For 50 years the UN’s nuclear watchdog, the IAEA, has worked to prevent unchecked global nuclear proliferation. At this week’s annual general assembly of 140 member nations the organisation faces its toughest challenge yet; Iran. The IAEA’s boss Mohammed el-Baradei, said today he remained optimistic the crisis could be resolved if everyone agreed to talk.
Iran’s President Ahmedinjad has taken the toughest of lines along with the rest of the Iranian leadership. The clock is ticking on US-led demands for sanctions or worse against Iran. Washington and others claim Tehran is bidding to build nuclear bombs under a veil of a civilian electrical generation programme.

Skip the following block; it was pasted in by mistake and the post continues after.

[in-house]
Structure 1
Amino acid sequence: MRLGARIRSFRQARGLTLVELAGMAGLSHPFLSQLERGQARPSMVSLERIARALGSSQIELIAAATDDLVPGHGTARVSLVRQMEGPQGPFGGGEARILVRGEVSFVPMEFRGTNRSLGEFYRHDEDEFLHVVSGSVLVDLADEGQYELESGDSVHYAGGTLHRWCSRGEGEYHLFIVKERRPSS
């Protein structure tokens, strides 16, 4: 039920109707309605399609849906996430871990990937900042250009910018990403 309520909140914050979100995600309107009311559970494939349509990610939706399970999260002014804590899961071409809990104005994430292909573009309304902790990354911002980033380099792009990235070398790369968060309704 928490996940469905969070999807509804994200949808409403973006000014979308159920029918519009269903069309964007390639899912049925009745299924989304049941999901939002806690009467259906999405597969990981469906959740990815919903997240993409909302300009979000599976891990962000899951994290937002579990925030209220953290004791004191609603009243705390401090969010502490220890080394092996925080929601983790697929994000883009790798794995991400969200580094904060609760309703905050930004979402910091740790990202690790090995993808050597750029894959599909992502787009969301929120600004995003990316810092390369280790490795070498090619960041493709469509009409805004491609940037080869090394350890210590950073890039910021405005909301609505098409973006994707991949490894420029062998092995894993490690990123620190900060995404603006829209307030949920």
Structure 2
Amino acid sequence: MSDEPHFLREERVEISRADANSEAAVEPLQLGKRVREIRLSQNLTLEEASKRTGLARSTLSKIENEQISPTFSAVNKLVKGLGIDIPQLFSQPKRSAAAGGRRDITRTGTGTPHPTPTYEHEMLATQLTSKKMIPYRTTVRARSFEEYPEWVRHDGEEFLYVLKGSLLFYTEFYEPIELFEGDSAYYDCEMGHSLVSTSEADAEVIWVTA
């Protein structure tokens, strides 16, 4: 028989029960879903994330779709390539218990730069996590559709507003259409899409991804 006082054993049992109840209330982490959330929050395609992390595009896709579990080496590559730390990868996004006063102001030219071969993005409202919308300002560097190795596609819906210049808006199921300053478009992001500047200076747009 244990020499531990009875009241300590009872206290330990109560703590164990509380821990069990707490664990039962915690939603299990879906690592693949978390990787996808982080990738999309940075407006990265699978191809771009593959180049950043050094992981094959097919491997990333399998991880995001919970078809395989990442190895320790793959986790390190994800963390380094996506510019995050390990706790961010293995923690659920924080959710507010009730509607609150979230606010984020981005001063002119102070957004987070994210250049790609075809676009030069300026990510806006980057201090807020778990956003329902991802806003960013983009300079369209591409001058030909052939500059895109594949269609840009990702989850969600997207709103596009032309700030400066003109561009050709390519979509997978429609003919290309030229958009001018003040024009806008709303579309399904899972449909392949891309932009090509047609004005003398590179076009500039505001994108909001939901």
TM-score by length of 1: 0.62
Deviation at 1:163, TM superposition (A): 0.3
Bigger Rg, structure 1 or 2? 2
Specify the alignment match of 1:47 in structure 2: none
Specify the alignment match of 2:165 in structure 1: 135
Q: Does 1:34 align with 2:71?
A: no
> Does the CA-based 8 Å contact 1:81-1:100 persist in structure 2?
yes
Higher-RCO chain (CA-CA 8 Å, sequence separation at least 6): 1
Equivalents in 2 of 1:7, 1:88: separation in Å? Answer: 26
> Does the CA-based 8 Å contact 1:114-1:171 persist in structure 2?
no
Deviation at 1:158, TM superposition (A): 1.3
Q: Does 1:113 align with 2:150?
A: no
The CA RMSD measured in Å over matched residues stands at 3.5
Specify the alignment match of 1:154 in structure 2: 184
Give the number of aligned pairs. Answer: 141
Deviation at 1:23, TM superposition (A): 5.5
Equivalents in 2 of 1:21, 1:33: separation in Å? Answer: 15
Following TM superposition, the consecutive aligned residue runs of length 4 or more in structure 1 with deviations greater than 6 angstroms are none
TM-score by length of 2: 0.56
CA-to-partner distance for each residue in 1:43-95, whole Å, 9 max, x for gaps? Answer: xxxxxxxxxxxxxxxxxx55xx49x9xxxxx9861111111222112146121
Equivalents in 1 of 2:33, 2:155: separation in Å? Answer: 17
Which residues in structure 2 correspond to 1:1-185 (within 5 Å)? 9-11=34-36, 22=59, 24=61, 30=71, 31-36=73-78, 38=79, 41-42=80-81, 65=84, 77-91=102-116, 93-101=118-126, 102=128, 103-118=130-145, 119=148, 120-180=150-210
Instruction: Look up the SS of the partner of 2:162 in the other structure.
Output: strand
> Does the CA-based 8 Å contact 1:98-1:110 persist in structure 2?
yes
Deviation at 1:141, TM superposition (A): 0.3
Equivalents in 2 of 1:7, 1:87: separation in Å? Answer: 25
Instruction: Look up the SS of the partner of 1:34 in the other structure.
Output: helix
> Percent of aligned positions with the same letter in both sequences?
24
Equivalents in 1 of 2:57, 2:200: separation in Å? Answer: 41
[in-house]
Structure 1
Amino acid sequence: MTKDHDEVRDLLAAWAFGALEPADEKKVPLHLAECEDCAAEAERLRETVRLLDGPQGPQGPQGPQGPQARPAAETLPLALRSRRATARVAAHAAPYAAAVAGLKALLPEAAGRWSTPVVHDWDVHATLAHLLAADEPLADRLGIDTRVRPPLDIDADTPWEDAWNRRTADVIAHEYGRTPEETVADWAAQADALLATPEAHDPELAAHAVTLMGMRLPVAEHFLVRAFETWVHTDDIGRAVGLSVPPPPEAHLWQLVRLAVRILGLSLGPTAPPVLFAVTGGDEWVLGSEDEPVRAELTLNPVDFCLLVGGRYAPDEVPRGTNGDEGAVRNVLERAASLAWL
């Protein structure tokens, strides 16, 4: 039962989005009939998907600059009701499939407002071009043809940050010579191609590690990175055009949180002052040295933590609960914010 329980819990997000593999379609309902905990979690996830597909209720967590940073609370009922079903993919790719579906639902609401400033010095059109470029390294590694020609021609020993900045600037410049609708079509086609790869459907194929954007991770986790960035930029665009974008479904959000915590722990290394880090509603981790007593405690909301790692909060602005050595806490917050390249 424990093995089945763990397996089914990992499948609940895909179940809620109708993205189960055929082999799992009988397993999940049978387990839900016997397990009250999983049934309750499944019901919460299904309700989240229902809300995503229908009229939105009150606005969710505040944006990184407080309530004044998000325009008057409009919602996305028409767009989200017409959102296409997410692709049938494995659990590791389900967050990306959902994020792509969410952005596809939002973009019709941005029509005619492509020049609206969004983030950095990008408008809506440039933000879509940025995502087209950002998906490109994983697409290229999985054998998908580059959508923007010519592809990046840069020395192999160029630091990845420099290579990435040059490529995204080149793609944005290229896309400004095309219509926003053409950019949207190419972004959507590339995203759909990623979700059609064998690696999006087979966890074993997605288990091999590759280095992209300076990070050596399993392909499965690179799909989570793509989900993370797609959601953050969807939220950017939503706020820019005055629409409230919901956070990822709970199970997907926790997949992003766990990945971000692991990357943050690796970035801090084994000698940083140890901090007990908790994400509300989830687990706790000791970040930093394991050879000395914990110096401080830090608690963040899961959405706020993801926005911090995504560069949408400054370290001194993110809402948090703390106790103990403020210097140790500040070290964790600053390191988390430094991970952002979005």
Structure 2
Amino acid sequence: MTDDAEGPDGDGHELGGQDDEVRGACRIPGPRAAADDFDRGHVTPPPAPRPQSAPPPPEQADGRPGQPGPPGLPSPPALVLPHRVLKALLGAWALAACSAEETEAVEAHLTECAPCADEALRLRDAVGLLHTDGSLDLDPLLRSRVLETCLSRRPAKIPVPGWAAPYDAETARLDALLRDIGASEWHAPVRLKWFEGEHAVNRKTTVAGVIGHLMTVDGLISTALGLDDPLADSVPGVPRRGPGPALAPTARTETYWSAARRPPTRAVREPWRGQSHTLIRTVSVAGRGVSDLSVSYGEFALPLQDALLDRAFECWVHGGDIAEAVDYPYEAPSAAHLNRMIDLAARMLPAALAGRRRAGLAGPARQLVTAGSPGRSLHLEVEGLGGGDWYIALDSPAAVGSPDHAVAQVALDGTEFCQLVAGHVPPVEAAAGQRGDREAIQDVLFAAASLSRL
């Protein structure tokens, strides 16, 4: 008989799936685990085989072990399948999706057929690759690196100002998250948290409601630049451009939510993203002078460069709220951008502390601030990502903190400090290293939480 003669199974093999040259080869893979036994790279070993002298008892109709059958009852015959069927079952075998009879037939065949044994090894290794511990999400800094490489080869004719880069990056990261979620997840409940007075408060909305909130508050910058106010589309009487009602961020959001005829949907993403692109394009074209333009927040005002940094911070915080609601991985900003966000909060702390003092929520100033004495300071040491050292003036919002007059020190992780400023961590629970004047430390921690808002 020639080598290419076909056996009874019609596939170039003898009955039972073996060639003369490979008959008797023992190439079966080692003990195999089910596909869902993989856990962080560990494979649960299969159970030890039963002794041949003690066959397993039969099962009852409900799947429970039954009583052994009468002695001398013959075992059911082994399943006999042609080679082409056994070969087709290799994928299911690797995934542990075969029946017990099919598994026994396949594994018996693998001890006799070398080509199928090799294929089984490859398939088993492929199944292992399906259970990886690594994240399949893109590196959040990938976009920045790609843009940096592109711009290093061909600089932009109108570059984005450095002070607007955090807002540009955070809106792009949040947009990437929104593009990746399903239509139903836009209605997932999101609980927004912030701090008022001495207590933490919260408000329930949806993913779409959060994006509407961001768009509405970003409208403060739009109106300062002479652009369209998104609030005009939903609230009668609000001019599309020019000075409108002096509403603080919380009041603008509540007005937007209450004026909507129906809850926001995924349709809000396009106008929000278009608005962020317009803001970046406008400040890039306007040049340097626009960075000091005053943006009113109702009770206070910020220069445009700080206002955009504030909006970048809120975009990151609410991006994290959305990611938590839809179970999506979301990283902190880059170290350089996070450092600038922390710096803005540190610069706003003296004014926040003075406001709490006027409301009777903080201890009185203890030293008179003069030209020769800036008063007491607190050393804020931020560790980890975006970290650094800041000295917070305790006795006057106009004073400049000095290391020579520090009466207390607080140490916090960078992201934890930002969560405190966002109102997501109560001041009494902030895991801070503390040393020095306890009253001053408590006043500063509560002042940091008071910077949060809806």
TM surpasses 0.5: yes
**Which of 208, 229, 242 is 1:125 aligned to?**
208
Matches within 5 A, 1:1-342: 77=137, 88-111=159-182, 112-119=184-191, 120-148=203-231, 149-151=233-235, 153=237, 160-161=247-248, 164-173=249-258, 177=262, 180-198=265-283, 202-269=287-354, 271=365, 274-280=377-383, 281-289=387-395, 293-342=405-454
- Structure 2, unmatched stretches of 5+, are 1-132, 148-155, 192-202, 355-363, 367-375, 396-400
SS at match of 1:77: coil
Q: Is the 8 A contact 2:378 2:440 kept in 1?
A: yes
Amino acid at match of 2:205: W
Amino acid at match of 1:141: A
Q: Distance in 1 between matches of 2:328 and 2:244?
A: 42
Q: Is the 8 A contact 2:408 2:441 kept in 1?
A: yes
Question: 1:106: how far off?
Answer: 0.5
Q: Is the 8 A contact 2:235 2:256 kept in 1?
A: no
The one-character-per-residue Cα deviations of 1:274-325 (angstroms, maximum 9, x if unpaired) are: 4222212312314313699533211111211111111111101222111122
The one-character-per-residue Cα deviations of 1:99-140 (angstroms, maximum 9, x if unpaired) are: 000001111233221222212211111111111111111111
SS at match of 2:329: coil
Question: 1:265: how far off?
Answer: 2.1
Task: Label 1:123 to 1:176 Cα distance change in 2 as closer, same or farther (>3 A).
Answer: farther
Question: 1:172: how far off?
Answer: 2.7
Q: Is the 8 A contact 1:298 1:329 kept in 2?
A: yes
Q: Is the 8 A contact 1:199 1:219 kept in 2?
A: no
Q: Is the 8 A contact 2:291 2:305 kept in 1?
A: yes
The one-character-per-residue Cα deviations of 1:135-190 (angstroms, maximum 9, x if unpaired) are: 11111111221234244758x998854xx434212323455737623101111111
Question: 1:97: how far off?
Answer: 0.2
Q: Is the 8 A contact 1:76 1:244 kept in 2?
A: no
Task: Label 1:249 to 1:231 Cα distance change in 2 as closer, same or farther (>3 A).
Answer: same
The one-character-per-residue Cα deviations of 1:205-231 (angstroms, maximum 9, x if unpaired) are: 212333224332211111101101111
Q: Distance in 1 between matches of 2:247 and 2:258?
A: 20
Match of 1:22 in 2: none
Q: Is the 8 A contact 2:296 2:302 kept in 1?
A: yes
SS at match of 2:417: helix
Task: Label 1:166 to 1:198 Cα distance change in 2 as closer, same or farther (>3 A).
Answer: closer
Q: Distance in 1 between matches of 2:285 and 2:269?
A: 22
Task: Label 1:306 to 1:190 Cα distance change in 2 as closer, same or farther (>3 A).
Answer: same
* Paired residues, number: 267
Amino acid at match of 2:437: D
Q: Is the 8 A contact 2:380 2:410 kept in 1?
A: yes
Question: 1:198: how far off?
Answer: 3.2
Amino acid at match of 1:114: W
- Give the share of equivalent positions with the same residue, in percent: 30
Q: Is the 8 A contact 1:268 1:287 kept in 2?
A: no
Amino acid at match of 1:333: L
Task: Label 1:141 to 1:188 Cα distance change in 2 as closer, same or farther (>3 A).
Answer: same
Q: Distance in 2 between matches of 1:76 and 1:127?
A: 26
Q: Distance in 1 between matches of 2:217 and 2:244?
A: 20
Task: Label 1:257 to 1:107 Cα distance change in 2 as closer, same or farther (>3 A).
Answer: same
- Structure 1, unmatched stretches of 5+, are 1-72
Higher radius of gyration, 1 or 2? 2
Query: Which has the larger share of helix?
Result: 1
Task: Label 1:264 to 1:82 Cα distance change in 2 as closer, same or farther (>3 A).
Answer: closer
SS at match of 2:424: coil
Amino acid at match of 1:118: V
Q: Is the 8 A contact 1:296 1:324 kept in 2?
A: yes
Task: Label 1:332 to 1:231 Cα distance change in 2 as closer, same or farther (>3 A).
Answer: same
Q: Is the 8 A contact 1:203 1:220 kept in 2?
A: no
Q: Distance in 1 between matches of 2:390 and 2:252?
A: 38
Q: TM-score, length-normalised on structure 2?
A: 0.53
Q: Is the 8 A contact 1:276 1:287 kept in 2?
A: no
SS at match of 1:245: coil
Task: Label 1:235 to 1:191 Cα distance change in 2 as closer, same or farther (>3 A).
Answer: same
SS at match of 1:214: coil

UN Security Council members have until now been relatively united in their proposals to prevent Iran obtaining nuclear weapons, but Russia and China are loath to use sanctions. On Monday France’s President Chirac broke ranks with western nations who want Iran to stop enriching uranium before negotiations can begin. Now he says talks should begin without this condition, although he added it would be “preferable” if Iran did stop until they concluded. Tehran would thus avoid being taken to the Security Council, a move the Iranians say might mean they would stop co-operating with the IAEA altogether.